News Release 2018-51 | May 23, 2018
Comptroller Urges Banks to Meet Consumers' Short-Term, Small-Dollar Credit Needs
WASHINGTON — Comptroller of the Currency Joseph Otting today issued the following statement regarding the release of his agency’s bulletin encouraging national banks and federal savings associations to offer responsible short-term, small-dollar installment loans.
Millions of U.S. consumers borrow nearly $90 billion every year in short-term, small dollar loans typically ranging from $300 to $5,000 to make ends meet. Consumers should have more choices that are safe and affordable, and banks should be part of that solution.
That is why the Office of the Comptroller of the Currency clarified its position encouraging national banks and federal savings associations to offer responsible short-term, small-dollar installment lending to help meet the credit needs of their customers.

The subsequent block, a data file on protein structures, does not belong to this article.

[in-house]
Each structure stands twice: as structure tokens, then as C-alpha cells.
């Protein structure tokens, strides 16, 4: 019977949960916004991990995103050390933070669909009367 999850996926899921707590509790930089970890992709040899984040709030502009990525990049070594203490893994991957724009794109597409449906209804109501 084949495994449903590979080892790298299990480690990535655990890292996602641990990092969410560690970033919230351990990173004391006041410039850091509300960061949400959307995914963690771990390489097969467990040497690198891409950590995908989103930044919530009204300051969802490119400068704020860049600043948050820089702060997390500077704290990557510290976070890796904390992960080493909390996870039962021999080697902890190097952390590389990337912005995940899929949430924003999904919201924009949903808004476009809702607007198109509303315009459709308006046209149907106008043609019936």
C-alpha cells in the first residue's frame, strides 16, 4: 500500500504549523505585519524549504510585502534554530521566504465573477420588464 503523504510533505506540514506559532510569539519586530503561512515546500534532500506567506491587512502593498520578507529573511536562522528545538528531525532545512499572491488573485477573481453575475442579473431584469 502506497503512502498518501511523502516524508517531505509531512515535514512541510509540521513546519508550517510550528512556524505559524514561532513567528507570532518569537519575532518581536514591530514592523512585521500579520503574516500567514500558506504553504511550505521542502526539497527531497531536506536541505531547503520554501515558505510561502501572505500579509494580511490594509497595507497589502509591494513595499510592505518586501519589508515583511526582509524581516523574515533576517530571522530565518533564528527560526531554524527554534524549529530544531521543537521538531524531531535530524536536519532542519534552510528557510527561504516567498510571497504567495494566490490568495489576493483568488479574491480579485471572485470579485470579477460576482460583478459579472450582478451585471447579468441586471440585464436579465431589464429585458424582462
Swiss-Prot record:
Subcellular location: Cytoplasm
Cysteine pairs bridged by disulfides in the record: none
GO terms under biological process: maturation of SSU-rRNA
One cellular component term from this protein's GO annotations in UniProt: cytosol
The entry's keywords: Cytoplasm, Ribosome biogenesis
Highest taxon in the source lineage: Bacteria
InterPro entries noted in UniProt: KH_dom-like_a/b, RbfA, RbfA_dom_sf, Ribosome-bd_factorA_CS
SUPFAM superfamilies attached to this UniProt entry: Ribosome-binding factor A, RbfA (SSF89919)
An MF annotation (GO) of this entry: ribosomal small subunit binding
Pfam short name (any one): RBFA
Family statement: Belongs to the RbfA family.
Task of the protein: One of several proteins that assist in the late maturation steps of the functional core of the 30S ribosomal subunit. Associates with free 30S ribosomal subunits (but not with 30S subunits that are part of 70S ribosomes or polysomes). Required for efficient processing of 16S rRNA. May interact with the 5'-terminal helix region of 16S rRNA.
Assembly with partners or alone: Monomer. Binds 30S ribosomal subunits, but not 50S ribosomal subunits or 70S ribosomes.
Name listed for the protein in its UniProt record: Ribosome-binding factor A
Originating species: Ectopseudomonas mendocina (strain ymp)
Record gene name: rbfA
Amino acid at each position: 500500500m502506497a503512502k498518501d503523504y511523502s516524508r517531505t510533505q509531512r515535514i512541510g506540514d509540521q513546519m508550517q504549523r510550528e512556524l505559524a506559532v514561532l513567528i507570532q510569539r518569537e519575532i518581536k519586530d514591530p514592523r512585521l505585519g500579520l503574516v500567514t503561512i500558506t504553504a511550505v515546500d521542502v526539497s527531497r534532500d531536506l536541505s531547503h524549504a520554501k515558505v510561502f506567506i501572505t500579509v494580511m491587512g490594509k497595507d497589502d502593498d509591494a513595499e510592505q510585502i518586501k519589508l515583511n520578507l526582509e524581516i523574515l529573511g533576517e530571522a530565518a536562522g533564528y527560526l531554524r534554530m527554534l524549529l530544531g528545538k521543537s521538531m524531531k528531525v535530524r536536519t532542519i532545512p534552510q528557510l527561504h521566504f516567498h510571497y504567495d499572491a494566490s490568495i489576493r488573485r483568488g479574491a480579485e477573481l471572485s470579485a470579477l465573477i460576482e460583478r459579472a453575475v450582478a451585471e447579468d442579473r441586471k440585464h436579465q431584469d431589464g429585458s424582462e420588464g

Banks can provide affordable short-term, small-dollar installment lending options that help consumers, including consumers with weaker credit histories who have the ability to repay. Bank-offered products can help lead consumers to more mainstream financial services without trapping them in cycles of debt. When banks offer products with reasonable pricing and repayment terms, consumers also benefit from other services that banks regularly provide, such as financial education and credit reporting.
By participating in this important space, banks increase the supply and choices available to consumers, which can reduce borrowing costs and have other beneficial market effects.
Banks may not be able to serve all of this large market, but they can reach a significant portion of it and bring additional options and more competition to the marketplace while delivering safe, fair, and affordable products that promote the long-term financial goals of their customers.